Yet the MDGs also highlight the challenges that global goals present. The narrow focus on a limited set of goals restricts attention to only a select few issues and might distort risk and investment preferences. For example, the main focus of the MDGs is on traditional socioeconomic development, and the goals do not explicitly recognize the interconnections among the three dimensions of sustainable development (economic, social, and environmental). The environmental goal, #7—to “ensure environmental sustainability”—is not only distinctly separate from the other goals, but it includes only three environmental issues as targets—biodiversity, water, and urbanization.
The MDGs also have become the overarching development strategy steering investment (through official development assistance or other funds) into sectors identified as important in these eight global goals. Other country priorities therefore might be neglected. Moreover, because the MDGs apply only to developing countries, they do not recognize the monetary and
Table 13–1. UN Millennium Development Goals and Targets
moral responsibility of industrialized countries and offer a weak approach to addressing issues of social justice, equality, vulnerability, and exclusion.
With the MDGs set to expire in 2015, the Rio+20 conference engaged governments in debates about the post-2015 development agenda. Governments reaffirmed their commitment to sustainable development as the overarching goal but, in a positive step, shifted to a more integrated vision of what this entails. The Rio+20 outcome document, The Future We Want, substituted the traditional definition of sustainable development as having three distinct “pillars”—environmental, economic, and social—with a new narrative of the three “dimensions” of sustainable development. This change recognizes the fluidity and interconnectedness among these aspects, and opens up opportunities for more integrative forms of governance.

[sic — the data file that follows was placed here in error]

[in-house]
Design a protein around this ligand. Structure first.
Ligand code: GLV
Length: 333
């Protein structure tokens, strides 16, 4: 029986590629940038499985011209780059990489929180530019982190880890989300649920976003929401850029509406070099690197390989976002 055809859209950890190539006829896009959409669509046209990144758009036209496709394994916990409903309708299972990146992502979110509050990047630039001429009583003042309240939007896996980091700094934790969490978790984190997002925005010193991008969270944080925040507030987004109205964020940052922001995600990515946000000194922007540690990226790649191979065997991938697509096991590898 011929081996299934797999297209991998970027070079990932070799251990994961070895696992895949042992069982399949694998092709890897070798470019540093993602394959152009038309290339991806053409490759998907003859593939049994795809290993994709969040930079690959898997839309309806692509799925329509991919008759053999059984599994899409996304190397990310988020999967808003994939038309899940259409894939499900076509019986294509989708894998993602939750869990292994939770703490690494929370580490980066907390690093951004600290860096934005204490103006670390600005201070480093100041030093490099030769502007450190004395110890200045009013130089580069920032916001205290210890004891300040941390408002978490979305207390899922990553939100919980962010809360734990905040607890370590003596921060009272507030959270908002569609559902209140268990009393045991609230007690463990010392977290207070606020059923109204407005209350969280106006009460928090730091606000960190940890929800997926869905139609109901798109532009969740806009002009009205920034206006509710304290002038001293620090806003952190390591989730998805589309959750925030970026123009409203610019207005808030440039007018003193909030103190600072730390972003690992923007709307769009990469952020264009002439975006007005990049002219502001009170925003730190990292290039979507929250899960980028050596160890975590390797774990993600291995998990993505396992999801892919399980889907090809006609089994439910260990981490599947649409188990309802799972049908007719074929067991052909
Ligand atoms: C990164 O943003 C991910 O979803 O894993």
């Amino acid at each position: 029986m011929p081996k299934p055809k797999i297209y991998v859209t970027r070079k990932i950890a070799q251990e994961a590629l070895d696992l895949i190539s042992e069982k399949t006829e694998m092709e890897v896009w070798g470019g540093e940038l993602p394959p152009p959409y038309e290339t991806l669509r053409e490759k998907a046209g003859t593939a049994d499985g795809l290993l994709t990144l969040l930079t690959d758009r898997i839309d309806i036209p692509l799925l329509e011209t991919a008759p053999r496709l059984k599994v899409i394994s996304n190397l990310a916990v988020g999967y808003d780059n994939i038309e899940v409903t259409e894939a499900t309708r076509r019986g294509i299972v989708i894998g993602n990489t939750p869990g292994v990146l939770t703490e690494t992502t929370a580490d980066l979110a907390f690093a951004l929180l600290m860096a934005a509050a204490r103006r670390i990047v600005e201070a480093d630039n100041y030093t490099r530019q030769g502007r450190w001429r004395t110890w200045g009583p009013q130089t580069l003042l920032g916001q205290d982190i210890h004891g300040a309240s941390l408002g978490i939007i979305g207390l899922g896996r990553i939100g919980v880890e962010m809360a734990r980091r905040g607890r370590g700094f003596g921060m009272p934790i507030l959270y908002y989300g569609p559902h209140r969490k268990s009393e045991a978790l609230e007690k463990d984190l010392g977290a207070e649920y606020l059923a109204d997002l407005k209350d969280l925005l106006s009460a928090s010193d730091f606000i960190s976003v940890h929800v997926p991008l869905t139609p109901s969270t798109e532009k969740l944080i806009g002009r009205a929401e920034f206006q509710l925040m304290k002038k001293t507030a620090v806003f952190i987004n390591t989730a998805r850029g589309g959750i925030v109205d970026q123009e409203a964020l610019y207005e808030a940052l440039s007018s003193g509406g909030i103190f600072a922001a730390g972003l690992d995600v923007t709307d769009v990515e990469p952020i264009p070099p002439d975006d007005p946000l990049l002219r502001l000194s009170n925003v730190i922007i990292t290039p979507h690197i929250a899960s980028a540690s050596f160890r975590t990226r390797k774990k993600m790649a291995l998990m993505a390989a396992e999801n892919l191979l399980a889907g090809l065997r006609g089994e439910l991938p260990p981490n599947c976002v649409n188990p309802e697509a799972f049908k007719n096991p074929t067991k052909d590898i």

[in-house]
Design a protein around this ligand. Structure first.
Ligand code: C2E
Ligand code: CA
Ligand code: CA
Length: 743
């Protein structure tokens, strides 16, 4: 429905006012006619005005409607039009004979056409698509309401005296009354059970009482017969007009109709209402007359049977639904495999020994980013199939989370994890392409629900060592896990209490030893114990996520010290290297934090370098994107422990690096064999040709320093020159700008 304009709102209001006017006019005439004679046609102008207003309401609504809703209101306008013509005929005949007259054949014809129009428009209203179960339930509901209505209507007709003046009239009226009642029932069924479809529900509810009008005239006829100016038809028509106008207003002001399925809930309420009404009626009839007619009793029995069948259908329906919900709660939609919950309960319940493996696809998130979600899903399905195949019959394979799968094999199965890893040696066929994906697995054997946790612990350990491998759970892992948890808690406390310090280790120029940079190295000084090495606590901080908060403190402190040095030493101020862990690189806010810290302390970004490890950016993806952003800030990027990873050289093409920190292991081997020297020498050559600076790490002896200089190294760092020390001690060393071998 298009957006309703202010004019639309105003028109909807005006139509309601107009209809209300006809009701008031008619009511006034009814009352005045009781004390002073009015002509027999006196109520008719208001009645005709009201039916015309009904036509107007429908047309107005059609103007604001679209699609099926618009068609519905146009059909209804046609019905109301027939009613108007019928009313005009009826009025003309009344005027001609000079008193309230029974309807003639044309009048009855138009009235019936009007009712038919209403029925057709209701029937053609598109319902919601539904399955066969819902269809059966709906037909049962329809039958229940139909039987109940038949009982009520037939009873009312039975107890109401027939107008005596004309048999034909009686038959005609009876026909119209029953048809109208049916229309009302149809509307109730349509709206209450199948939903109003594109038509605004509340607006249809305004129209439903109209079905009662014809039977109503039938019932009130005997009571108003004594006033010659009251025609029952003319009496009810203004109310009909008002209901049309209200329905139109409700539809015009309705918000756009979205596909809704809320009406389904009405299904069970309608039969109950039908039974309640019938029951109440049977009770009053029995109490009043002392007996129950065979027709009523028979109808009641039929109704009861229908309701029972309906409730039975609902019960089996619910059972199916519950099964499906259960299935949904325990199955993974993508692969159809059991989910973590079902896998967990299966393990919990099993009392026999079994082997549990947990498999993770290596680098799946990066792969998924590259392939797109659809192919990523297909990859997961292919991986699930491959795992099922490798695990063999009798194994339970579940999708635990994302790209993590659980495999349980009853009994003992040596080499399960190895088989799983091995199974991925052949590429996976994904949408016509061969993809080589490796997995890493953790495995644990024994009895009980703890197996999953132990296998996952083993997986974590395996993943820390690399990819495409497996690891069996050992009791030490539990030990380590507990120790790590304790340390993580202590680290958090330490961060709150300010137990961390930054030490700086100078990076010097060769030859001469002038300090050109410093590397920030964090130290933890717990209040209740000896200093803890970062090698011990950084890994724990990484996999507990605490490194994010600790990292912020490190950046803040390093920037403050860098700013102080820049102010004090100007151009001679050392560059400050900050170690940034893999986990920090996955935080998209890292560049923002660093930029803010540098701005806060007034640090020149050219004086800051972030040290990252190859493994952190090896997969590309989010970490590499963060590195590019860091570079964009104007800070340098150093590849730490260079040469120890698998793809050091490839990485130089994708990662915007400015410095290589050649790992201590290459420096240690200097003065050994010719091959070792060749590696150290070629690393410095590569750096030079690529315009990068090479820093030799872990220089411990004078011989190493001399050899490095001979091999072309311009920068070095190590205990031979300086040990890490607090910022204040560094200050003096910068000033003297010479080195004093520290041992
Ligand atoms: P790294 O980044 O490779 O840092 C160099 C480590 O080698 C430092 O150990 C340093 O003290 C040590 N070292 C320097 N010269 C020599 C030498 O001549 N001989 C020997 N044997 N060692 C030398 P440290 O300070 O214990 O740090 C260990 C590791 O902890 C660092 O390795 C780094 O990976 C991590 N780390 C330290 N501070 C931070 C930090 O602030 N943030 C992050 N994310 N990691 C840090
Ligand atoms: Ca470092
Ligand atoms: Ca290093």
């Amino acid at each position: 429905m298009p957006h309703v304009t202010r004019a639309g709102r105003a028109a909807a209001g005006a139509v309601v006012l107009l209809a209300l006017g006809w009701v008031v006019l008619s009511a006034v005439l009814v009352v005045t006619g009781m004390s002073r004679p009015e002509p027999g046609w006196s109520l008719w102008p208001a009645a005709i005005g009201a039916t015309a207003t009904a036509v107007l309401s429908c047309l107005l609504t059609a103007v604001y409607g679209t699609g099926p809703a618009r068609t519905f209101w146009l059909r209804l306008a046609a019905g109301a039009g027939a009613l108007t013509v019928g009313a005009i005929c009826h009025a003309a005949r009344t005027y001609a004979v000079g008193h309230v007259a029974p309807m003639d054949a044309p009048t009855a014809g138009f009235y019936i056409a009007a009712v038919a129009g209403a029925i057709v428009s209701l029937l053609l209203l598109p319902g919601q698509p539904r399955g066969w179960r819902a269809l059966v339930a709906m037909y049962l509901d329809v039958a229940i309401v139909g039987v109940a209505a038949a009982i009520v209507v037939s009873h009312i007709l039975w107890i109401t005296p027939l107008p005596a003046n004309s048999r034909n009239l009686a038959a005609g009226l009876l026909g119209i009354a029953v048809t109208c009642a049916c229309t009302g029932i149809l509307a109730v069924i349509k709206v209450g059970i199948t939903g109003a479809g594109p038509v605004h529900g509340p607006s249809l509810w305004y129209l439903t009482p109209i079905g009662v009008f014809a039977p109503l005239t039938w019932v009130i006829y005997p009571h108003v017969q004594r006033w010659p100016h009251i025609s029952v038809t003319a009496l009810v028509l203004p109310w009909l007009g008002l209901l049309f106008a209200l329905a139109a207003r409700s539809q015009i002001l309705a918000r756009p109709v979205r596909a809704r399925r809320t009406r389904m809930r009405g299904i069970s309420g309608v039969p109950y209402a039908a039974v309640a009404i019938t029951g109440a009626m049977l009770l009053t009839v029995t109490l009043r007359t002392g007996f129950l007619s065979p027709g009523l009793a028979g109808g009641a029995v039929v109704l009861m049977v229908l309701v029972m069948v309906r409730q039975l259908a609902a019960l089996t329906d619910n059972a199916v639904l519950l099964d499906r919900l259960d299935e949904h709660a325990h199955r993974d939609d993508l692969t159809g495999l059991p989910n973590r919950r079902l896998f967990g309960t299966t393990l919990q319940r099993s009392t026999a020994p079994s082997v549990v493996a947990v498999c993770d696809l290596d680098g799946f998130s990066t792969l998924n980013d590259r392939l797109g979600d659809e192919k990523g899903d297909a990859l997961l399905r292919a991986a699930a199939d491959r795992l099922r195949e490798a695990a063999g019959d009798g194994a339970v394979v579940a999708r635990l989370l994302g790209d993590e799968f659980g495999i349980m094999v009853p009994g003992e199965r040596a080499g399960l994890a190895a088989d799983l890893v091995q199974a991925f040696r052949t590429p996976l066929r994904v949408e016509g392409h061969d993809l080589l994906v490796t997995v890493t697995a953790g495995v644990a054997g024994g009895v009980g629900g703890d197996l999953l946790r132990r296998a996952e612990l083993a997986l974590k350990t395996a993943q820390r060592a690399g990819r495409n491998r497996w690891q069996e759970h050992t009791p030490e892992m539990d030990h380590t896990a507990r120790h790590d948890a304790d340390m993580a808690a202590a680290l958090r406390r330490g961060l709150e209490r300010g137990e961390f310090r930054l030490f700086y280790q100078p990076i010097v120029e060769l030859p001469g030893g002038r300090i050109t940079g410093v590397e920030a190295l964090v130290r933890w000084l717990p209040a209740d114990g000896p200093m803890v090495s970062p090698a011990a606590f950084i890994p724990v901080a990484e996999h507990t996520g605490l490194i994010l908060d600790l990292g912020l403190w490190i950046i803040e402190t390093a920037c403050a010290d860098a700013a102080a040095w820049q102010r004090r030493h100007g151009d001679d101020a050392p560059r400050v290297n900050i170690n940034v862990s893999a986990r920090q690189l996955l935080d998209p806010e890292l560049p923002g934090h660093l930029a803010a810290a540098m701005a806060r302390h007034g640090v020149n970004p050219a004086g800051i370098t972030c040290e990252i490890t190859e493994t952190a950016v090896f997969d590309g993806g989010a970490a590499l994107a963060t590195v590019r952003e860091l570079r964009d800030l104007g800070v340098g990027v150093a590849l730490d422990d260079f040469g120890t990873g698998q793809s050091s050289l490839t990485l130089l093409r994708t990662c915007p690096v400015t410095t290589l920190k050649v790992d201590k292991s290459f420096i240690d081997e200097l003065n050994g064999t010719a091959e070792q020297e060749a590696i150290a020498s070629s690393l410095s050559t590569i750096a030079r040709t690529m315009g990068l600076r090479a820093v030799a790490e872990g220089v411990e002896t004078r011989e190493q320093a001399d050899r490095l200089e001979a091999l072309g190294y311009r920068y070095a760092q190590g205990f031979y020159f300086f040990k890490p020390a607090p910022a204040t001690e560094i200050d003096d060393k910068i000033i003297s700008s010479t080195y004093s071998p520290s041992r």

Still, there are problems. Close analysis of the text of The Future We Want reveals that the environment has almost disappeared as an independent concept. The term “environment” (and its multiple variants) is mentioned 70 times in the 50-page document, and 21 of those mentions occur in the catch-all descriptor “social, economic, environmental.” “Development,” on the other hand, appears 635 times, 239 of those in the phrase “sustainable development.” The environmental discourse is therefore absorbed by, rather than integrated into, the development narrative.
The “green economy,” one of the framework themes of Rio+20, fueled expectations for a radical restructuring of the global political economy that would reconcile economic growth with planetary boundaries, account for natural capital, and ensure planetary stewardship. The concept, however, elicited criticism both from countries striving toward capitalism (which regarded the “green economy” mandate as a threat to their national development strategies) and from countries rejecting capitalism (which saw it as the commodification of nature). While The Future We Want mentions the green economy as one tool among many in the quest for sustainability, it also acknowledges the need to move beyond gross domestic product (GDP) as a measure of human well-being. Thus, ideas about new indicators of progress and prosperity gained ground and legitimacy.